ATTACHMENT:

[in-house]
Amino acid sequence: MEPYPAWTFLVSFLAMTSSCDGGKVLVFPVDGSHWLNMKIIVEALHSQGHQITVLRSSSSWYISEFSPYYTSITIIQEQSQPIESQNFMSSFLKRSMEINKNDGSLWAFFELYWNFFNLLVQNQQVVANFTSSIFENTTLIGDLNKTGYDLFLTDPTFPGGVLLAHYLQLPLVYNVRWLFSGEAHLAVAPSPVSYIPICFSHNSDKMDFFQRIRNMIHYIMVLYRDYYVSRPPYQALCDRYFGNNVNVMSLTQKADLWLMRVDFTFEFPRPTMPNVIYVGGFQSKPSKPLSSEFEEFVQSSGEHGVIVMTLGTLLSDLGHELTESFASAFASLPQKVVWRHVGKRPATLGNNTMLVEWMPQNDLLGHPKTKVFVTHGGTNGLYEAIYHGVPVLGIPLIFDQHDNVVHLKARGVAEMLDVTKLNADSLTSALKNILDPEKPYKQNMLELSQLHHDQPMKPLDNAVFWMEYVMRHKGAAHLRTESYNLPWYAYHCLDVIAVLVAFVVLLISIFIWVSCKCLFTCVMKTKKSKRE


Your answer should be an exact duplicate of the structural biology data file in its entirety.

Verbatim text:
[in-house]
Amino acid sequence: MEPYPAWTFLVSFLAMTSSCDGGKVLVFPVDGSHWLNMKIIVEALHSQGHQITVLRSSSSWYISEFSPYYTSITIIQEQSQPIESQNFMSSFLKRSMEINKNDGSLWAFFELYWNFFNLLVQNQQVVANFTSSIFENTTLIGDLNKTGYDLFLTDPTFPGGVLLAHYLQLPLVYNVRWLFSGEAHLAVAPSPVSYIPICFSHNSDKMDFFQRIRNMIHYIMVLYRDYYVSRPPYQALCDRYFGNNVNVMSLTQKADLWLMRVDFTFEFPRPTMPNVIYVGGFQSKPSKPLSSEFEEFVQSSGEHGVIVMTLGTLLSDLGHELTESFASAFASLPQKVVWRHVGKRPATLGNNTMLVEWMPQNDLLGHPKTKVFVTHGGTNGLYEAIYHGVPVLGIPLIFDQHDNVVHLKARGVAEMLDVTKLNADSLTSALKNILDPEKPYKQNMLELSQLHHDQPMKPLDNAVFWMEYVMRHKGAAHLRTESYNLPWYAYHCLDVIAVLVAFVVLLISIFIWVSCKCLFTCVMKTKKSKRE